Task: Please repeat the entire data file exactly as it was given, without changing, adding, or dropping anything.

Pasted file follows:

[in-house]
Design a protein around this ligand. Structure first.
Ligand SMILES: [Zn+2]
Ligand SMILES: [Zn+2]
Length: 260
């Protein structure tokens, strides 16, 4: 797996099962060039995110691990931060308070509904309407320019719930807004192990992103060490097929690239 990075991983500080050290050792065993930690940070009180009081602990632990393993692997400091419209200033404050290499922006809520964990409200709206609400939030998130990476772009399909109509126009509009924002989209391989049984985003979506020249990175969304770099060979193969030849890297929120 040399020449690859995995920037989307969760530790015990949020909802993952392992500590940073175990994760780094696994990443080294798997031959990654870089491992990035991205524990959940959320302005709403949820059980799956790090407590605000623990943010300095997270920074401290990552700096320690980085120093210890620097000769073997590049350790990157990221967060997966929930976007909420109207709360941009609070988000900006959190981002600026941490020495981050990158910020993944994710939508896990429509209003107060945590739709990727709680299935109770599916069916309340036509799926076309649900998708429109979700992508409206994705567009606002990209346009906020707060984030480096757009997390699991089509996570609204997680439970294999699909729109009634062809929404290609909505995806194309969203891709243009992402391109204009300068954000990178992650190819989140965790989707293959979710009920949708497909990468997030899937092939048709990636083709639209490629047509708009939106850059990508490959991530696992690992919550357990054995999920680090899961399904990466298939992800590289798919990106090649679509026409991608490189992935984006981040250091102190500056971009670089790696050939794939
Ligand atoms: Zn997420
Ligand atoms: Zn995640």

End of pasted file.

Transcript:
[in-house]
Design a protein around this ligand. Structure first.
Ligand SMILES: [Zn+2]
Ligand SMILES: [Zn+2]
Length: 260
């Protein structure tokens, strides 16, 4: 797996099962060039995110691990931060308070509904309407320019719930807004192990992103060490097929690239 990075991983500080050290050792065993930690940070009180009081602990632990393993692997400091419209200033404050290499922006809520964990409200709206609400939030998130990476772009399909109509126009509009924002989209391989049984985003979506020249990175969304770099060979193969030849890297929120 040399020449690859995995920037989307969760530790015990949020909802993952392992500590940073175990994760780094696994990443080294798997031959990654870089491992990035991205524990959940959320302005709403949820059980799956790090407590605000623990943010300095997270920074401290990552700096320690980085120093210890620097000769073997590049350790990157990221967060997966929930976007909420109207709360941009609070988000900006959190981002600026941490020495981050990158910020993944994710939508896990429509209003107060945590739709990727709680299935109770599916069916309340036509799926076309649900998708429109979700992508409206994705567009606002990209346009906020707060984030480096757009997390699991089509996570609204997680439970294999699909729109009634062809929404290609909505995806194309969203891709243009992402391109204009300068954000990178992650190819989140965790989707293959979710009920949708497909990468997030899937092939048709990636083709639209490629047509708009939106850059990508490959991530696992690992919550357990054995999920680090899961399904990466298939992800590289798919990106090649679509026409991608490189992935984006981040250091102190500056971009670089790696050939794939
Ligand atoms: Zn997420
Ligand atoms: Zn995640």